Muslims all over the world are currently taking part in their holy month, Ramadan (pronounced ra-ma-daan). I wanted to take this opportunity to share information about this month so that teachers everywhere can get a better idea and in turn, teach it to their students.
What is Ramadan?
Ramadan is the ninth month of the Islamic lunar calendar. During this month, muslims do not eat or drink anything from sunrise to sunset. This month does not only mean to keep away from food and drink but also from all sinful actions mentally and physically such as gossip, anger, lust, greed, violence, etc. Kindness is to be shown through strong manners, helping the needy and providing charity. It is a time to re-evaluate your own life, get rid of bad habits and become closer to Allah (term for God) as well as your family, friends and of course your soul. The month is either 29 or 30 days depending on the moon sighting. After the end of Ramadan, muslims take part in a celebration for their fasting. This special day is called Eid-ul-Fitr. Please click here to find out more about Eid-ul-Fitr.
When is it celebrated?
As some may notice, Ramadan does not come on the same date every year. This is because the Islamic calendar is based on the moon, consisting of 12 lunar months. In total, the year is 354 or 355 days. This is why every year Ramadan begins 10 days earlier than it did the previous year comparing it to the Gregorian or Western calendar.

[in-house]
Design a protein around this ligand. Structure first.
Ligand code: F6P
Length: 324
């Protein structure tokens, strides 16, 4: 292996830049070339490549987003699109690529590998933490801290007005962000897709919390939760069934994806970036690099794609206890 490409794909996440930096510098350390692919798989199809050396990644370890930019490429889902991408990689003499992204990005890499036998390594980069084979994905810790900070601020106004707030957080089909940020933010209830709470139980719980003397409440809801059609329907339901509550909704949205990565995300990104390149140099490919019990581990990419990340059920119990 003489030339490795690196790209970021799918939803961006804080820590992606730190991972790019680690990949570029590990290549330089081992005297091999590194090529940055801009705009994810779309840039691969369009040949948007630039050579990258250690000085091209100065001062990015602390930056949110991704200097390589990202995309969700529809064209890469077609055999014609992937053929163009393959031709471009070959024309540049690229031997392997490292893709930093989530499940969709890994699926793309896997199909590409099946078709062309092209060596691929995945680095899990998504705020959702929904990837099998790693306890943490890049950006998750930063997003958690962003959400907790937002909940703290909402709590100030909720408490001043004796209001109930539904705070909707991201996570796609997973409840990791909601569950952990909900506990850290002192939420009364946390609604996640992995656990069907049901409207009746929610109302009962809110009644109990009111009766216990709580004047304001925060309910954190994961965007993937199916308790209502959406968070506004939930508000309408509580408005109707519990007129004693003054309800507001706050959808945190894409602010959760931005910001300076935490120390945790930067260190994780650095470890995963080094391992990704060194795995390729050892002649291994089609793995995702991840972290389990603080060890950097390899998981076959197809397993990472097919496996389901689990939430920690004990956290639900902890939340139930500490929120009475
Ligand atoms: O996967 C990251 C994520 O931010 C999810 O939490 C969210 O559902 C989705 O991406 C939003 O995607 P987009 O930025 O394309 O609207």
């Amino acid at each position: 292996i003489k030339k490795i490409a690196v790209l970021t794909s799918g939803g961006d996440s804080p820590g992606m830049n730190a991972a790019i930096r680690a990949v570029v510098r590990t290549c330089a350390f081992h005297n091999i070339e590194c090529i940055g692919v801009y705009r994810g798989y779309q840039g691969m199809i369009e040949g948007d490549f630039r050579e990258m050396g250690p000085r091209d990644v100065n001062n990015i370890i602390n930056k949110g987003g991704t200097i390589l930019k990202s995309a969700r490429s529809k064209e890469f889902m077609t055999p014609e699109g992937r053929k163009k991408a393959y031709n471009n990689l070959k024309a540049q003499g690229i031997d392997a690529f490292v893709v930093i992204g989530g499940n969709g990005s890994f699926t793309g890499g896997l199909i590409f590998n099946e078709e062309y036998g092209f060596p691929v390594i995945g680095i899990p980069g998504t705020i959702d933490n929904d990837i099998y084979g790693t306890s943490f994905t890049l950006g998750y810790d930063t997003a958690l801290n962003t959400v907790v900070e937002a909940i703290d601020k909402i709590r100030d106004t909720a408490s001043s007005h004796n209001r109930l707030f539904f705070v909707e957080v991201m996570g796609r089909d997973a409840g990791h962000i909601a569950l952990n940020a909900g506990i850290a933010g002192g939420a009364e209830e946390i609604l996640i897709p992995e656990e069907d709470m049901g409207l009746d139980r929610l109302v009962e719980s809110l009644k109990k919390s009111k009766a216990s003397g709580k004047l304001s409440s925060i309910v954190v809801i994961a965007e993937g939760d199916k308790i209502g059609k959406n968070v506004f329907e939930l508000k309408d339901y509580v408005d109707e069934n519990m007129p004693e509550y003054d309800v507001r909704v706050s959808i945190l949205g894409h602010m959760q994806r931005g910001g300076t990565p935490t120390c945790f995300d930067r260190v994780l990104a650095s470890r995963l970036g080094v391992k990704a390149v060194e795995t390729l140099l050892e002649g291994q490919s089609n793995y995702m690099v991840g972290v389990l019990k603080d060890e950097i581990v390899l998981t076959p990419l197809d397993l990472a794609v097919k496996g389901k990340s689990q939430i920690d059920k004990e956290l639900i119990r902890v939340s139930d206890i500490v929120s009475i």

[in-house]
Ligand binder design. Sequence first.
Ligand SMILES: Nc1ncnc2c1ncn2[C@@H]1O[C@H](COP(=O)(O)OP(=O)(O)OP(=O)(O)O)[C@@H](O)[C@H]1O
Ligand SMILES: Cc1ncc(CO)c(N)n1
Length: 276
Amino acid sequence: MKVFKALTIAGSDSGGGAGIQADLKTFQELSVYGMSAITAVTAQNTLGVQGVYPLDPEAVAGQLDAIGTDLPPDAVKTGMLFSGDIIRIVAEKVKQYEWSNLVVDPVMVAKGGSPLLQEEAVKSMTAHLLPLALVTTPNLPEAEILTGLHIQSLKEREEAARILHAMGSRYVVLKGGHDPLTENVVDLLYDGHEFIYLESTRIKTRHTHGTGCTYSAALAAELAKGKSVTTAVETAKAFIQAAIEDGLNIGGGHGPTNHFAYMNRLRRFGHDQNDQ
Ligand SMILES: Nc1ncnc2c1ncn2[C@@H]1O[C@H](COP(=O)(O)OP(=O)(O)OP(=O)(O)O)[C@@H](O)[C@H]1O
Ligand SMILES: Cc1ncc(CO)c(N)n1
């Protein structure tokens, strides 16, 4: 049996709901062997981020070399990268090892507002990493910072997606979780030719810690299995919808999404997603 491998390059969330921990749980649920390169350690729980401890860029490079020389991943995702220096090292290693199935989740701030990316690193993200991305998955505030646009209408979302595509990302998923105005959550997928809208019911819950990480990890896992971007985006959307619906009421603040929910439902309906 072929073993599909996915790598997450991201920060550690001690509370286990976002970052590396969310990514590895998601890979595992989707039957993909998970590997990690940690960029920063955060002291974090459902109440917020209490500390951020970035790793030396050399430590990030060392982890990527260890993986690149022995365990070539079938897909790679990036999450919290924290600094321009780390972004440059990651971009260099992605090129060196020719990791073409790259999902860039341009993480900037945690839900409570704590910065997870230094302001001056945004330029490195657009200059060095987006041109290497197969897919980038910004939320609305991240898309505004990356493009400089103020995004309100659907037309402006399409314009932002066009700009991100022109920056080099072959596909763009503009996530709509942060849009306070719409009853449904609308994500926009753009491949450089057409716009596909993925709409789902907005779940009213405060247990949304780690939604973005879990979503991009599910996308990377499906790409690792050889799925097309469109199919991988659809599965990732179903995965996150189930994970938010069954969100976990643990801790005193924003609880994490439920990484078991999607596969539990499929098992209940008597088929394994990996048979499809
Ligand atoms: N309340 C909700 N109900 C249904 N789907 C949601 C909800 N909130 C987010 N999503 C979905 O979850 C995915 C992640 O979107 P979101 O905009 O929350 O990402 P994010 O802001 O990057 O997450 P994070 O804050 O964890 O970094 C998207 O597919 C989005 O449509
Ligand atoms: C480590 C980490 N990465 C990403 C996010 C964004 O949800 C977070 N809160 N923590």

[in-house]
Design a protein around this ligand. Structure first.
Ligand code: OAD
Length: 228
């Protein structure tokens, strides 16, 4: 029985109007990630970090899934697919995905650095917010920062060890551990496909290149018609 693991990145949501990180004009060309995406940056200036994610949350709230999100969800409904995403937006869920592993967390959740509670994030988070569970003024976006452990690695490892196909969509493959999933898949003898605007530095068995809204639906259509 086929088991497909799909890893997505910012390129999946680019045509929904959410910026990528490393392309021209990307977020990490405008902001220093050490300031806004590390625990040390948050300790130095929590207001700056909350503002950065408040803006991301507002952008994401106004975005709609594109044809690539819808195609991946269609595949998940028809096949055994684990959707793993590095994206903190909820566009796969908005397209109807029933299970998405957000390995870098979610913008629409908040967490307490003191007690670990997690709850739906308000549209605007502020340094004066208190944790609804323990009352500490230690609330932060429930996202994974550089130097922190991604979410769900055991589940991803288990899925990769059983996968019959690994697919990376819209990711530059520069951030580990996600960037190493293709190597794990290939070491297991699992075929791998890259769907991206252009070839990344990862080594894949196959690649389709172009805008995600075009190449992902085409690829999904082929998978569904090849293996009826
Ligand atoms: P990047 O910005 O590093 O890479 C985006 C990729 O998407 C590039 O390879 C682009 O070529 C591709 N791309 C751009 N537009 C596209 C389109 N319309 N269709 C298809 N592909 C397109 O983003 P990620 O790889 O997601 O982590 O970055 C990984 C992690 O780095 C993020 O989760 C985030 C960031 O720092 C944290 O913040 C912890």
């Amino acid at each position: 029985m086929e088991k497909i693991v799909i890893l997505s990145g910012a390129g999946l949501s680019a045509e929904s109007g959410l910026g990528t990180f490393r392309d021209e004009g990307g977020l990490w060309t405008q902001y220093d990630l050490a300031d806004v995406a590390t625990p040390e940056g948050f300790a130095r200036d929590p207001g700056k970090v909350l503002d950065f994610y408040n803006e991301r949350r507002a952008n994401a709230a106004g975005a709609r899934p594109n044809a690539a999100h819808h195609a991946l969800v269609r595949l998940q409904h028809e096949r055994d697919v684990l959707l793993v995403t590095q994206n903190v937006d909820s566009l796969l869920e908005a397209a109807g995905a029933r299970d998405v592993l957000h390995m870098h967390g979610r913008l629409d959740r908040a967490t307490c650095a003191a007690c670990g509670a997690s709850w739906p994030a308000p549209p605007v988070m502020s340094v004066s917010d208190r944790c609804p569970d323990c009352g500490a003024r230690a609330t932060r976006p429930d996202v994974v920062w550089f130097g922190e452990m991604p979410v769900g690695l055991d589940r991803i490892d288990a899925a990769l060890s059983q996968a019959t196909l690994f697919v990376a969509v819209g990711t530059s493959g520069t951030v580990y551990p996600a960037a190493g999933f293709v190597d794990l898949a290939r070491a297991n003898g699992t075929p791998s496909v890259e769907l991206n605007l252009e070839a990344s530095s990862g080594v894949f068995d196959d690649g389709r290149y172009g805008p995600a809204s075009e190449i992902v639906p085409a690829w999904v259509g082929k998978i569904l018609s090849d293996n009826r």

Find out more on this website:
Who takes part in fasting?
Muslims all over the world take part in fasting. It, of course, has limitations. Children are not required to fast until they have hit puberty; then it becomes a priority. Some children really want to participate in fasting and so their parents allow them to fast for half a day instead of the whole day. People who are sick or are on medication are not required to fast. Some seniors are excused from fasting as well if it is going to be affecting their health. Pregnant women are not required to fast. Women do not fast for the week of their menstrual cycle. If there are days that have been missed, they maybe made up by fasting on any day as long as it is before the next Ramadan.
What are the benefits of fasting?
Many benefits are part of fasting. Because muslims are not eating anything from dawn to dusk, it helps them realize the importance of food. They feel the hunger so they can understand how unfortunate people all over the world feel when they do not have anything to eat. It is a time for realization and thankfulness. It also teaches lots of self-control as you refrain from sinful activities and such. It is a time to bond with family and friends and to build a stronger community. There are some medical benefits to it as well. For example, because you are not eating or drinking anything for most of the day, your body is being cleansed out of all bacteria. It helps to lower blood glucose and insulin levels. Some people are also able to lose unnecessary weight.
Here is a link to more benefits:
And check out this website for a ton of detail about the medical benefits of fasting:
Books for children about Ramadan:
My First Ramadan - by Karen Katz
Ramadan: Islamic Holy Month - by Terri Dougherty
Ramadan - by Suhaib Hamid Ghazi
Celebrating Ramadan - by Diane Hoyt-Goldsmith
Magid Fasts for Ramadan - by Mary Matthews
Here is my post with free coloring pages: Free Coloring Pages
Also check out the following link for more coloring pages.
Lots of different activities for children to do on all these sites. Some are in another languages. You can choose the ones that are right for your students:
A very cute Ramadan craft. Flower pot with Ramadan Mubarak label. (Ramadan mubarak means Happy Ramadan):
If you have any questions about what I have posted, please feel free to ask anything. I will be more than happy to help. Thanks for reading!